Have you ever had problems with your PCB designs and had to remake any of them after having the “final” prototype in your hand? If you are one of these non-human geniuses that made only masterpiece-like, immaculate PCBs, please, throw the first stone. As we are not, and had to perform many revisions of our PCBs, we are always looking for ways to minimize our (expected) human errors, which can save us some money at the end of the day. This is why we bring today to the table, to meet a possible new PCB design partner, Next DFM. Now, is it useful for you? Let us check on that.
What is Next DFM? It is a PCB design analysis software, developed by the PCB boards manufacturer Next PCB. Being frustrated with many failed designs that end in the garbage pile, we decided to give this app a try. By placing the Gerber files on the Next DFM and running the DFM (Design For Manufacturability) analysis, the software gives you a considerable amount of information. Some of it is obvious to the designer (like the layer count and the dimensions), others may be interesting, such as minimum pad size, hole diameter, SMD’s spacing, minimum track width and spacing, hole to hole, and hole to track spacing, to name a few. But if you are a good designer, and using good software, as Altium example, most of the information given you already have configured on the rules before starting to route everything up, and checked it all after performing DRC (Design Rules Check).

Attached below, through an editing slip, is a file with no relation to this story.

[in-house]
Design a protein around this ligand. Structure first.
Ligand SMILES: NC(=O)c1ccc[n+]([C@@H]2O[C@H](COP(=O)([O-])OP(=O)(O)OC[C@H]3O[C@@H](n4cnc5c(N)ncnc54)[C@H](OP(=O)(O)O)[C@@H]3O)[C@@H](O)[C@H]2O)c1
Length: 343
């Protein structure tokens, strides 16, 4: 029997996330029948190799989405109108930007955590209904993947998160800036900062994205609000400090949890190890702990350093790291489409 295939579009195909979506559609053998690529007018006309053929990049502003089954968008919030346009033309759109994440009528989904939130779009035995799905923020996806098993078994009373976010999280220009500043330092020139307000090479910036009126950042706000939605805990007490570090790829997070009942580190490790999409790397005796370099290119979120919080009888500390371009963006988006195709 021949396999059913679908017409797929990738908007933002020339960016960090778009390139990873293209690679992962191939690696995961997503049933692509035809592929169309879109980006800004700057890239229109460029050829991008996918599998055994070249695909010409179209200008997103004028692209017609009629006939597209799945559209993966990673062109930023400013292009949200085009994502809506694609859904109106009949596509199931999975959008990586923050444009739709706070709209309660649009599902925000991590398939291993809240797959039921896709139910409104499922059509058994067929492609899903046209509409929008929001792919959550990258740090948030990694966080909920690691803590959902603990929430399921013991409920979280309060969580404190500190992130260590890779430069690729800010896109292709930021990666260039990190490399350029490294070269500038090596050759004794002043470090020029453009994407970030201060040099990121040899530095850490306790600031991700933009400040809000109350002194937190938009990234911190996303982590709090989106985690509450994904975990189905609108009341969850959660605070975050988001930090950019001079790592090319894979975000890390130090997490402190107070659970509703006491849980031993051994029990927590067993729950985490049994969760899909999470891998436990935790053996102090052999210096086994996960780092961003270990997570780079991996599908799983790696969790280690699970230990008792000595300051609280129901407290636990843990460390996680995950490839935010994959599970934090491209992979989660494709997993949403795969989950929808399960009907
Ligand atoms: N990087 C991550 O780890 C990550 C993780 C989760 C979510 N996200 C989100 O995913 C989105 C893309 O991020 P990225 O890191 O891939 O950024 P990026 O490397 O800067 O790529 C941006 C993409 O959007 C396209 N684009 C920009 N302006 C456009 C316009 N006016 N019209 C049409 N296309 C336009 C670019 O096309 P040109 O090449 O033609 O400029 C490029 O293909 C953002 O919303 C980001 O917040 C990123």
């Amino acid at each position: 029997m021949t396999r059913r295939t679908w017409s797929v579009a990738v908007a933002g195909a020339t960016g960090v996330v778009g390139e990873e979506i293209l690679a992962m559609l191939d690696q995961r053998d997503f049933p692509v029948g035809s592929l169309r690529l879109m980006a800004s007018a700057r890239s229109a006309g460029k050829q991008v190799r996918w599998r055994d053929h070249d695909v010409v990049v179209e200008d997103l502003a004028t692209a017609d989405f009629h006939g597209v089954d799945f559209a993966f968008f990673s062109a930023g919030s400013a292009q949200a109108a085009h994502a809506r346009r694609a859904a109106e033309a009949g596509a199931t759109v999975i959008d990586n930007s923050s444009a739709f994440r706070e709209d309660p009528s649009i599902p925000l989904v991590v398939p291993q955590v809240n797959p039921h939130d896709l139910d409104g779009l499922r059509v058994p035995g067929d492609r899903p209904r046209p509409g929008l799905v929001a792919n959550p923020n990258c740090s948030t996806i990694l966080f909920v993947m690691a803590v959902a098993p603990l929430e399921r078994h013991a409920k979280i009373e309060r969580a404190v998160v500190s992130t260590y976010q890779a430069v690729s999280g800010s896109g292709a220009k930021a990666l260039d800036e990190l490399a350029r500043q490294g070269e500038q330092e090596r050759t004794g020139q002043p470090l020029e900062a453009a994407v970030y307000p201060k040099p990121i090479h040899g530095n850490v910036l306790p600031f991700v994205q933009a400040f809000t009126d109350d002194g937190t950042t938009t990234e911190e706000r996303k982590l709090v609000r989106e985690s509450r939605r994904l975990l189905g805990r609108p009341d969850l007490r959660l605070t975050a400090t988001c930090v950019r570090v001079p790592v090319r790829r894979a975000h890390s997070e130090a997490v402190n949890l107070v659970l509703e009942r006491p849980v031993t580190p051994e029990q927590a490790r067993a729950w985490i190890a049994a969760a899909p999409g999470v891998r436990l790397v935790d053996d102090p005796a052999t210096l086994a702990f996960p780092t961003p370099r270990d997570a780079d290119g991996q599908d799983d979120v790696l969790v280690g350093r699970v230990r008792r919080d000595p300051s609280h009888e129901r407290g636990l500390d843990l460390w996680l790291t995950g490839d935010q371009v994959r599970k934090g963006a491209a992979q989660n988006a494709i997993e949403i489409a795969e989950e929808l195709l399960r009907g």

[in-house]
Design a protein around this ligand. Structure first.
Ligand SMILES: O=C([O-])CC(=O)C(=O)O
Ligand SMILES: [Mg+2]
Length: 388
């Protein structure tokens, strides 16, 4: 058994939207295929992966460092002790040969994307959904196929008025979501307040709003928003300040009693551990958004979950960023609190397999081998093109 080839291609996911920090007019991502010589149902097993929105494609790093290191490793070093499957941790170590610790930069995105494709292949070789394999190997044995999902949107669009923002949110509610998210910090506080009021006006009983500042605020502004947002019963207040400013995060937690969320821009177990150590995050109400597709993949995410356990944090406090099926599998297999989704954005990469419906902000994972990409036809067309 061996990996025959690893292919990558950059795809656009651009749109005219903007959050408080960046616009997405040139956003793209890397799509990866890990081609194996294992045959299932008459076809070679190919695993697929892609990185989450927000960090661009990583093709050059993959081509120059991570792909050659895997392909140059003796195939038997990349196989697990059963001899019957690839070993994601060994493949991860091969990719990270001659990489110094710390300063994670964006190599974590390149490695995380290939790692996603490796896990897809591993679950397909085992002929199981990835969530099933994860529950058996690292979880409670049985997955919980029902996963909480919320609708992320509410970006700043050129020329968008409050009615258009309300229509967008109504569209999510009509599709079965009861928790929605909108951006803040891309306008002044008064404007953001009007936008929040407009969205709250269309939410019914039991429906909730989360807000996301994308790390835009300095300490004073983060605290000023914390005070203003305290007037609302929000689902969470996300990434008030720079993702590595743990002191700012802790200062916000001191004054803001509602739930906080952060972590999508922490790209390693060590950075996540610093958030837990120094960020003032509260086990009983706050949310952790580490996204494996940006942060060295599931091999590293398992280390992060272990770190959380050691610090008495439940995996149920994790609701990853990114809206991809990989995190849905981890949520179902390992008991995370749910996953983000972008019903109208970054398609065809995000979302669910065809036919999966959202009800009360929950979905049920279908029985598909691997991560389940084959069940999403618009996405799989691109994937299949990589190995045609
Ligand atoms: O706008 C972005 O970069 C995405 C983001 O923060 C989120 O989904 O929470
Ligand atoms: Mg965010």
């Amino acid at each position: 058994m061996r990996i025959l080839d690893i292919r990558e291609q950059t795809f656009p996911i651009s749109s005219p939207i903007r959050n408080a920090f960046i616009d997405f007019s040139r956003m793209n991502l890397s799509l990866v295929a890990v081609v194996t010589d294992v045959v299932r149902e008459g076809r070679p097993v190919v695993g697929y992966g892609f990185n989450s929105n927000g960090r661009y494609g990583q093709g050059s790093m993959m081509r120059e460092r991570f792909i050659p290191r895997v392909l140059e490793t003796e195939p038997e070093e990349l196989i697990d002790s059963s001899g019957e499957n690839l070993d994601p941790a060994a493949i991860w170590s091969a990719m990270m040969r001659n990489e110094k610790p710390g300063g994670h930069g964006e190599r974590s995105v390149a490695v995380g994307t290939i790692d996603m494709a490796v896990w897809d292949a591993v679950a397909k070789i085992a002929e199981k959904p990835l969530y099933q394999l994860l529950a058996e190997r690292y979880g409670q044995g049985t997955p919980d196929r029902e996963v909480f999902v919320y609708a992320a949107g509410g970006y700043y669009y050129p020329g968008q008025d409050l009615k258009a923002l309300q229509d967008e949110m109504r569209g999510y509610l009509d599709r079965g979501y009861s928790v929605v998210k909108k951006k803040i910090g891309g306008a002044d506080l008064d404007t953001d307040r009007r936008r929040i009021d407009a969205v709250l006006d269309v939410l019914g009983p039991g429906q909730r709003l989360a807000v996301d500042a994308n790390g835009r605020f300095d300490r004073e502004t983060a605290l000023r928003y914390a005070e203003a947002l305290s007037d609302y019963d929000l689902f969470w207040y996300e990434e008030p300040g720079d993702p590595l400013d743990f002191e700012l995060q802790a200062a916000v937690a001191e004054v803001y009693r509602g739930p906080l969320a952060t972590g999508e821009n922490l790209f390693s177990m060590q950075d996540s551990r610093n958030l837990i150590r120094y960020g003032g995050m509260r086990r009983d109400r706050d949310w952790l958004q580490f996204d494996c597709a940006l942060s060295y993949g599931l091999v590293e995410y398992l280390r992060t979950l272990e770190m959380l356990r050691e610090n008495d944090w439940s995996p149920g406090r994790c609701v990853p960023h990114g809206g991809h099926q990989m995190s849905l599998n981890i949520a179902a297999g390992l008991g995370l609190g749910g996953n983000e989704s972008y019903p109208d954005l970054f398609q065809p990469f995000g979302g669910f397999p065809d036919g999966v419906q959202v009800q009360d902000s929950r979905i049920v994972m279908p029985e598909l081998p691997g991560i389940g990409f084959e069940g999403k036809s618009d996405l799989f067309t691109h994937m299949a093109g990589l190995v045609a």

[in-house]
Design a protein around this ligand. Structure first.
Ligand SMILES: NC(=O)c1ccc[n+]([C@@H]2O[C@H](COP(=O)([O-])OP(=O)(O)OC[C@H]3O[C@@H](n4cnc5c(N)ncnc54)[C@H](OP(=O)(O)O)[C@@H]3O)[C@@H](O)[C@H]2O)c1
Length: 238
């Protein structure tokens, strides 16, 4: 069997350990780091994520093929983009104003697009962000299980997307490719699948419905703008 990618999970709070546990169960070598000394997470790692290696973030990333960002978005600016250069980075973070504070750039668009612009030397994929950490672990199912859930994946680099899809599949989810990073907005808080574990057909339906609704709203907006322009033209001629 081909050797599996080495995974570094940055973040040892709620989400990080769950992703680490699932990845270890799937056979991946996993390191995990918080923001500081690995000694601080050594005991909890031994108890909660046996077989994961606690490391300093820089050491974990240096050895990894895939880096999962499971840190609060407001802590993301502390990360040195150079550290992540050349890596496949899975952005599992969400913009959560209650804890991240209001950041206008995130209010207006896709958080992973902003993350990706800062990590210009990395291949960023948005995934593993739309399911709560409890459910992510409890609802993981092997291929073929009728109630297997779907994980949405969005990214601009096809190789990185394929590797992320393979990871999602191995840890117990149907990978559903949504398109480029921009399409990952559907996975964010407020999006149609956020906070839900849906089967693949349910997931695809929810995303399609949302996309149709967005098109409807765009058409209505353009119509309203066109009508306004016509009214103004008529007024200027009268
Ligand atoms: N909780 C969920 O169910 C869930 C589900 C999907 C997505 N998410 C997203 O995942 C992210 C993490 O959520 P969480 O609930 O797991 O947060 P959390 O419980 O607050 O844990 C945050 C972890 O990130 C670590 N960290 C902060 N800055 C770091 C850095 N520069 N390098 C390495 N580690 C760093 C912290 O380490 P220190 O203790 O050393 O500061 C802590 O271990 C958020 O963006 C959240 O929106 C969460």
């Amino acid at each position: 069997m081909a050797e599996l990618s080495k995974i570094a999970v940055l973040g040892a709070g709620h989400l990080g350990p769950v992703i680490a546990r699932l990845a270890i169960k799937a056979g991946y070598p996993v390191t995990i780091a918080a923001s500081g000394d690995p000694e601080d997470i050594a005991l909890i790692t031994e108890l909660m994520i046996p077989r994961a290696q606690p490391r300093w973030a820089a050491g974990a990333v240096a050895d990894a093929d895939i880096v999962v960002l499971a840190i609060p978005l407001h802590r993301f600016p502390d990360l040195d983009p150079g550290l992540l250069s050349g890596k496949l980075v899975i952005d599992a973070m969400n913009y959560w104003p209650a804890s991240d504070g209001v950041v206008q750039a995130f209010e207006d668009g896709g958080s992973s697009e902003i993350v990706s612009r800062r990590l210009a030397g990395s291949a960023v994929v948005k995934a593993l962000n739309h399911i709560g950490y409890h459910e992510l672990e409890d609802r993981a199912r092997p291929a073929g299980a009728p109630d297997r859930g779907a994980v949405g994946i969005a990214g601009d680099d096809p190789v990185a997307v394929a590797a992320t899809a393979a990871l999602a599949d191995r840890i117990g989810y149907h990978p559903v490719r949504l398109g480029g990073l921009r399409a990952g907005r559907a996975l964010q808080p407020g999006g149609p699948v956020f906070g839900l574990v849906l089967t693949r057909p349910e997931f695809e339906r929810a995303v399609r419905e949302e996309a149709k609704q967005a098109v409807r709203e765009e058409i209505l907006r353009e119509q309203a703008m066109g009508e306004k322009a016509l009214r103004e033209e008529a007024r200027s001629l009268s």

Along with the one-click analysis, which we have just seen, there are other two major functionalities in this app. Starting with the PCB physical simulation preview, it sort of works as the preliminary step in order to order a board, where you can easily switch the PCB color and its finish, check also the layers, and easily switch between the design and the simulation views.
The last interesting function the Next DFM provides is the automative tool, which there may be some interesting hidden features. By clicking on the tools tab, you can calculate the impedance, compare files to check if they are the same and place them over one another (can come in handy when making changes to PCBs, so that you do not forget anything), perform panelization, calculate routing distance, utilization rate, soldering pads on each layer and check for open and short circuits, for which you will need the .ipc file.
Read more: NEXT DFM: A PCBS LIFE-SAVER?